It’s simple and it’s revolutionary. [Barclay’s] so-called “secret sauce” is pretty straight-forward:
treat people well, give them a vested interest, pay them properly, support
their kids, and make a community out of the business.
Jennifer Chatman, Professor UC Berkeley Haas Business School, Simpson Manufacturing Board of Directors 2004 to the present.
The subtitle of Strong Ties has an almost quaint or archaic ring to it: “Barclay Simpson and The Pursuit of the Common Good in Business and Philanthropy”. “The Common Good”, as if there were any way to agree on such an anodyne concept in this time of polarized and ideological politics. Yet it was exactly the “common good” that Barclay intrepidly sought in building Simpson Strong-Ties (SST) from nothing, starting in the early 1950’s. For him, the idea seemed obvious: it literally meant making “a community out of the business.” And, not only did he think that this “was the right thing to do”, he thought it “was good for the bottom line”. What was decidedly “uncommon” about Barclay was that he thought that there was no inherent conflict between making money and building a community of interest and care.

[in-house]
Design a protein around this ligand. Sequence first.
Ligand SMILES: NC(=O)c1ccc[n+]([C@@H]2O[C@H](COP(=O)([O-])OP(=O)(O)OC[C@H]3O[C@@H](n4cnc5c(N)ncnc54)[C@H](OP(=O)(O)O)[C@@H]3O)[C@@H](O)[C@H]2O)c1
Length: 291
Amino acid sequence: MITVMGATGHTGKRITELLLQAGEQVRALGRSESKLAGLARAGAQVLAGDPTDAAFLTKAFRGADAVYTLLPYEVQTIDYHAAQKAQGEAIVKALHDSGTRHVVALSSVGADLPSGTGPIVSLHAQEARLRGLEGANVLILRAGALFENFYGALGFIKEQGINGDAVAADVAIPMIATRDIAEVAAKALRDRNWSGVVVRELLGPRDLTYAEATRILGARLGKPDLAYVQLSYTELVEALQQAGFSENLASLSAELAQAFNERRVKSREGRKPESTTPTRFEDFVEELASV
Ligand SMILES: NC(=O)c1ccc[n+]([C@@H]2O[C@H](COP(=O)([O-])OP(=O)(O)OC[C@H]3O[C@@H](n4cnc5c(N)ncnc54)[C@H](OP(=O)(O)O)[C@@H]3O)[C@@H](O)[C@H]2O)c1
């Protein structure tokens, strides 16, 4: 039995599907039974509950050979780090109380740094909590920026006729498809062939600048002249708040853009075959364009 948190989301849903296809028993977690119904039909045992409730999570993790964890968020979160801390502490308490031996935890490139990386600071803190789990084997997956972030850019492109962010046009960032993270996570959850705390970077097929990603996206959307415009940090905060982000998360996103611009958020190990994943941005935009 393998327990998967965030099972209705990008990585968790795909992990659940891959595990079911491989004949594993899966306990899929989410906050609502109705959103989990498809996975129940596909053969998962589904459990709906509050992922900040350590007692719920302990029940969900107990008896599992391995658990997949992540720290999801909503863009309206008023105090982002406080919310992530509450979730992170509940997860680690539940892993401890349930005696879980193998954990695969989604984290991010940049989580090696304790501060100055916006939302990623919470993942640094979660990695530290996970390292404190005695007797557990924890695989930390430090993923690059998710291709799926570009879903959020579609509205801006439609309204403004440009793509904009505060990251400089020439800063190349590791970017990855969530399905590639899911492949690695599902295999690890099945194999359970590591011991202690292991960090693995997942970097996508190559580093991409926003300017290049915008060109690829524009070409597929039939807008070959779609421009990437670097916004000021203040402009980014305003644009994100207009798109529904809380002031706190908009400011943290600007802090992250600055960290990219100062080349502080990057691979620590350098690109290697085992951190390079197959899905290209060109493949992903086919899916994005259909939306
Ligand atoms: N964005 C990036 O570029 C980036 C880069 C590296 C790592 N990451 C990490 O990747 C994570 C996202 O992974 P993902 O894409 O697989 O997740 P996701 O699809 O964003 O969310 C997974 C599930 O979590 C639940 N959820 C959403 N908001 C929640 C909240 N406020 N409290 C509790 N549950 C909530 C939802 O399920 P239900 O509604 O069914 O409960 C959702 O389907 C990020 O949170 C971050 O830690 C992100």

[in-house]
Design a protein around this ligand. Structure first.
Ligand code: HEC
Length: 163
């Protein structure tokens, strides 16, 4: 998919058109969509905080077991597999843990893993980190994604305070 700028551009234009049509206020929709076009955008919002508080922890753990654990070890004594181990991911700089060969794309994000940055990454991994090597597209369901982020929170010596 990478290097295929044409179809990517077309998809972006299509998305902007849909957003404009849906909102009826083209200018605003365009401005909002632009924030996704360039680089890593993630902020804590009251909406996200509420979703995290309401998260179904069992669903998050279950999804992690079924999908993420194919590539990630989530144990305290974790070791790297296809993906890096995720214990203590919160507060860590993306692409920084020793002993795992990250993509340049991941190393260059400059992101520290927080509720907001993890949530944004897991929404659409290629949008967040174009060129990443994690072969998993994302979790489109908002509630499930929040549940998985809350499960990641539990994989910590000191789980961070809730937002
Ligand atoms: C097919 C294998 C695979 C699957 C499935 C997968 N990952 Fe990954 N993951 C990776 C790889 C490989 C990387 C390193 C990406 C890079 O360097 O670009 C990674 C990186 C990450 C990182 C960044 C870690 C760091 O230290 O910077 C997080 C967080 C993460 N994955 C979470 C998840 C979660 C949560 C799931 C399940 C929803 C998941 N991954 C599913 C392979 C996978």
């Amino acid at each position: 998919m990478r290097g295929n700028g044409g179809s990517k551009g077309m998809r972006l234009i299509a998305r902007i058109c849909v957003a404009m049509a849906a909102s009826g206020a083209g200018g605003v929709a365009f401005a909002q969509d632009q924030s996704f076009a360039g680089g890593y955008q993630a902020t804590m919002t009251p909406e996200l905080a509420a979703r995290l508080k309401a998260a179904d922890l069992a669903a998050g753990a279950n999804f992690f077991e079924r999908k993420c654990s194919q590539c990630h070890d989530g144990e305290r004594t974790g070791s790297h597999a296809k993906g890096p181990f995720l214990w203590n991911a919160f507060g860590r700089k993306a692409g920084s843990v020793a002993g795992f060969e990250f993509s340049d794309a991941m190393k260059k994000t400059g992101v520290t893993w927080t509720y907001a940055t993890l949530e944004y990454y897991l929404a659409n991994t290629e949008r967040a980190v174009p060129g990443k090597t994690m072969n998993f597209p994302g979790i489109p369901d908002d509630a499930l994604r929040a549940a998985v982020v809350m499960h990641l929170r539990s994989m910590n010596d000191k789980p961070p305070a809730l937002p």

In concrete terms, for Barclay, pursuing the common good in business involved establishing a profit-sharing program for everyone in the company, from hourly labor on up, so that people’s fortunes rose and fell together; never paying himself more than around $ 250,000 a year in salary, though profit-sharing and stock ultimately made him wealthy; promoting from within, based on merit, so that even people who started out at SST without a high school degree might end a 30-40 year career as members of upper management (and as millionaires); offering generous employee health care and pension benefits, before these were even mandated by the unions; fostering diversity and female leadership at the very highest levels of the company.
Quite literally, Barclay made a kind of philanthropy out of the business, and in doing so guided Simpson-named businesses from an annual net profit of around $ 100,000 in 1946 to $ 1.573 Billion in Net Sales in 2021.

Having made it, he then began to give money away, including to some of the most important non-profit arts and education institutions in the East Bay. The core of his life’s work was to break down the apparent divide between business and philanthropy—to bring them together in the pursuit of the common good.